Living in a home that’s part of a homeowner association (HOA) has both benefits and drawbacks. One of the drawbacks is that when you want to renovate your home, the HOA determines what you can and cannot do. These rules are spelled out in your HOA’s governing documents, commonly called CC&Rs (covenants, conditions & restrictions).
If you go ahead with a renovation that violates your HOA’s CC&Rs, the HOA board can force you to stop the work or redo it completely. This is expensive and a real headache. You could also be fined for noncompliance. Avoid the hassle and unnecessary expense by following your HOA’s rules, as well as our list of do’s and don’ts.
- Don’t assume a professional is qualified. Vet all your candidates!
- Don’t get only one estimate. Collect at least 3 estimates, then choose the pro that offers the best expertise and value.
- Don’t rely on someone else to understand what your HOA requires. Even if your contractor reads your CC&Rs, it’s ultimately your responsibility to make sure the project is compliant.
- Don’t begin work before your project is approved by the HOA board.
- Don’t throw construction materials in common garbage/trash receptacles. This is largely unaccepted by sanitation haulers and can result in higher costs to your HOA and potentially charged back to you.
- Don’t leave your home or common area unlocked or unsecured when unattended during renovations. Materials could be stolen. And if someone gets hurt on your property (like a child climbing on bricks or playing with tools), you could be liable.
- Don’t forget to notify the HOA when your renovation is complete. Also, clear any recorded liens that may have been placed on your home for the renovation
- Don’t forget to ask your contractors for warranty documents covering materials and work. If anything breaks down in the future, you’ll need these papers.
Do: Read your HOA’s CC&Rs
These documents are different for every HOA, so it’s important to read the CC&Rs for your HOA. The CC&Rs are updated from time to time, so check to make sure you’re reviewing the current version. If you need clarification about any renovation guidelines, ask a board member.
Do: Get pre-approval for your project
The CC&Rs should talk about the project approval process and say what forms you need to submit to the board. If it doesn’t, ask a board member. Most HOAs require you to submit a project proposal form and may require additional documents. They may approve your project as-is or approve it with conditions. For example, you’re allowed to build a backyard fence, but it can only be 6 feet high, not 8 feet. Learn which home renovations require HOA approval.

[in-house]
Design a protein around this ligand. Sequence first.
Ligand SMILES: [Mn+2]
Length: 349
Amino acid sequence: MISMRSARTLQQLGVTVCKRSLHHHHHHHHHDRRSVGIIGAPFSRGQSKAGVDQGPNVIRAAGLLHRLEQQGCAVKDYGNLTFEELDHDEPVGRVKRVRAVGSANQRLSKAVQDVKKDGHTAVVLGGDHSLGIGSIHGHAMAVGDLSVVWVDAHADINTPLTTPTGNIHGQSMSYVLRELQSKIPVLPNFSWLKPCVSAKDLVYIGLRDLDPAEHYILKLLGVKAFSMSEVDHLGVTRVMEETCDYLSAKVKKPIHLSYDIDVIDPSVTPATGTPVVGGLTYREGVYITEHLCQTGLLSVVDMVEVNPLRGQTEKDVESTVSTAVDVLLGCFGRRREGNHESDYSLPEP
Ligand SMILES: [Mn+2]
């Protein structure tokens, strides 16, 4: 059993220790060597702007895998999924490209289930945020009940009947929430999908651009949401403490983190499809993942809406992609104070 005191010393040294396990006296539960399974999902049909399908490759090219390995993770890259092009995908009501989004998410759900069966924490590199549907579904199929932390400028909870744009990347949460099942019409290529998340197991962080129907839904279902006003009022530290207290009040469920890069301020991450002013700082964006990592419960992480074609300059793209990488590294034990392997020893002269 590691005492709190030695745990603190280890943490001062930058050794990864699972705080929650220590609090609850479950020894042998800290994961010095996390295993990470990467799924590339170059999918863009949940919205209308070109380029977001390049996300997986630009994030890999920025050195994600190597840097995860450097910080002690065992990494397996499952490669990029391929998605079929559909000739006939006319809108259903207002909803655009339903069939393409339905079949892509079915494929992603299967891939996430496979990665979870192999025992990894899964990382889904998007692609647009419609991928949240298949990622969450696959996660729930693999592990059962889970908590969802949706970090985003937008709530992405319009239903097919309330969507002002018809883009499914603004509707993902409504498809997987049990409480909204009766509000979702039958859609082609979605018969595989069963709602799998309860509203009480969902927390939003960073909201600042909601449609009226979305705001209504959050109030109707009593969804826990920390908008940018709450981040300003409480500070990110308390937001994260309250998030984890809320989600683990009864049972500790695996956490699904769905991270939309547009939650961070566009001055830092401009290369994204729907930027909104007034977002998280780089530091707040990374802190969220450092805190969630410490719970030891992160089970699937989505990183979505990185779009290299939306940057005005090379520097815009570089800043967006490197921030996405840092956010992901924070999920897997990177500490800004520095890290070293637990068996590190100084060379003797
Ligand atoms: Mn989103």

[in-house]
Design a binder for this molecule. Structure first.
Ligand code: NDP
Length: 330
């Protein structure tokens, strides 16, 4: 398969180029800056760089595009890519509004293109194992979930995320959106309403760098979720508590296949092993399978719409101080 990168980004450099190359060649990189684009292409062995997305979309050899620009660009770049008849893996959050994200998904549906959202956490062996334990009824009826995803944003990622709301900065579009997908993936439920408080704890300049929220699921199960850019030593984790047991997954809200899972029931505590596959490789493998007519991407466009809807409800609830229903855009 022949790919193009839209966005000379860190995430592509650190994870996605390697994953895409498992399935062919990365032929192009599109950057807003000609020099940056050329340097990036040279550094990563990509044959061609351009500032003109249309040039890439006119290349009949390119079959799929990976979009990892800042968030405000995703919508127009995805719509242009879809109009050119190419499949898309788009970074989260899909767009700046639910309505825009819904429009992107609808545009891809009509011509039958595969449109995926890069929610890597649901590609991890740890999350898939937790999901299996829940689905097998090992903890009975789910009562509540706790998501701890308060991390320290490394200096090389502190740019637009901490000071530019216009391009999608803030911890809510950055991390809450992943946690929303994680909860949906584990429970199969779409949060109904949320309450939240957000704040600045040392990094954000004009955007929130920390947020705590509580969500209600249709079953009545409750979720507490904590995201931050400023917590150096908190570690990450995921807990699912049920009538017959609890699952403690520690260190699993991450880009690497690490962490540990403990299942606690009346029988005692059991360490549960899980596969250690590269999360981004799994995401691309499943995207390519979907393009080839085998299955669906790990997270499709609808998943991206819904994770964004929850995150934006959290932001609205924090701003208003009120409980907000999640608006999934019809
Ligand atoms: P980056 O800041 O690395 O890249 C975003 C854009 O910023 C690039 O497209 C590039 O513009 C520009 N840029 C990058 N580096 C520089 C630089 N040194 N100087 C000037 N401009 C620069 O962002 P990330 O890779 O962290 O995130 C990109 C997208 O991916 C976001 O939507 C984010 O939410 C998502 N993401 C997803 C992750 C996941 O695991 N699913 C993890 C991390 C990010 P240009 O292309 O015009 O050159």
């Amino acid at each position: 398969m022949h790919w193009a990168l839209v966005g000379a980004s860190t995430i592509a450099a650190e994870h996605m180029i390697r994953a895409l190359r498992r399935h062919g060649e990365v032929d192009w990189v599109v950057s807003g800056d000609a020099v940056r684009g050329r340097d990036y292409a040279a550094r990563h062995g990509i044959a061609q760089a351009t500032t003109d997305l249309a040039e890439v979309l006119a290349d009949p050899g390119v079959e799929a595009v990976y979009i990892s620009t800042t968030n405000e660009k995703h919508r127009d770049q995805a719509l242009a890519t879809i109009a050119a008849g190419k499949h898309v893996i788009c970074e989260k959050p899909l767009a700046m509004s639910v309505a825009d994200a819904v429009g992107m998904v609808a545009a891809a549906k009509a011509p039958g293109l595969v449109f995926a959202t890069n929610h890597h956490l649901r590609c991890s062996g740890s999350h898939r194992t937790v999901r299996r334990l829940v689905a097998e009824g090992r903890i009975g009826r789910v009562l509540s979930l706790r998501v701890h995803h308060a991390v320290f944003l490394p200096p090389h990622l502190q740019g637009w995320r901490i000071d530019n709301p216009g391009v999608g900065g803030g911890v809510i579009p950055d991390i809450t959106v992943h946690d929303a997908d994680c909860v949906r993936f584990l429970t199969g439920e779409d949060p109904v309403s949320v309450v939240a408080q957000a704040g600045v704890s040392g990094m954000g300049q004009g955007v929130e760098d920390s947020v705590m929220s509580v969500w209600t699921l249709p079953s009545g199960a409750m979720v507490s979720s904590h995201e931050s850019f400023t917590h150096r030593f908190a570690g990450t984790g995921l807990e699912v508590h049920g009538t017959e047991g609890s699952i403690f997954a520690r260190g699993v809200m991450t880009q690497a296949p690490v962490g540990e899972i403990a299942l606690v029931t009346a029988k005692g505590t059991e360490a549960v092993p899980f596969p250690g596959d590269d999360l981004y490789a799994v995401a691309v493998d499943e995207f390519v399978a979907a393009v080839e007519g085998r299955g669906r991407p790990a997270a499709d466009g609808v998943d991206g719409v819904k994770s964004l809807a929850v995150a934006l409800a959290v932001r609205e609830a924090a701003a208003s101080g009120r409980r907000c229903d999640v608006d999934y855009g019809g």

Do: Hire qualified professionals
Once the board gives your project plan the thumbs up, the next step is to hire contractors to do the work. Your HOA may be able to provide you with a list of contractors who are experienced in working in HOAs—maybe even yours—and know the guidelines. If these recommendations aren’t available, you may have to find the right contractors on your own.
If your HOA requires contractors to be licensed and have insurance, make sure the people you pick meet these requirements. Choose contractors who are experienced in the type of project you’re planning. For example, if you want a kitchen remodel, choose someone who’s done dozens of successful remodels.
Do: Make sure your pros understand the HOA rules
Ideally, the pro you hire has experience working in an HOA and doesn’t flinch when you hand them the CC&Rs. Discuss the rules and regulations before work begins, to avoid pitfalls later. Emphasize specific times work when can be completed, and where debris/materials for work can be placed outside your home.
If your renovation involves changes to plumbing and electricity, this likely will require HOA notification and approval. Why? Because the water and electricity lines run throughout the HOA, and your work could impact other homes.
Do: Get any necessary permits
Some renovations require permits from your city or municipality. The CC&Rs should say whether you’re supposed to get these permits or if your contractor is responsible for this. You might also need to submit these permits to your board before work starts.
Do: Be a good neighbor
Renovations can be noisy and disruptive to your neighbors. Keep the disturbance to a minimum by making sure contractors only work during HOA-approved construction hours (typically 7 am – 7 pm M-F, and 9 am – 9 pm on weekends). During the planning stage, give your neighbors a heads up about your upcoming project. Explain by email or letter how long you expect the work to last and invite them to contact you if they have any questions or concerns. This can prevent conflict between you and your neighbors, and ward off complaints to the board.
What happens once I get approval for my renovation?
Once your renovation is complete, you can move ahead with the work. But be aware that some things may still require board involvement. These may include approving materials, hours contractors can work, and contractor licensing.
How long does HOA approval take?
Once you submit a project for approval, your HOA will generally respond within 14 to 30 days. Factors that can affect this timing include:
- The complexity of your proposed project
- The need to verify contractor insurance and licensing, to comply with your HOA’s CC&Rs
Oops—I didn’t get approval before starting renovations. Now what?
If work is already underway, notify your HOA board of your project immediately. Hopefully, they’ll approve the work you’ve done so far, and you can continue. You might have to stop work while you wait for the board to review and approve your project.
No Comments Yet
You can be the first to comment!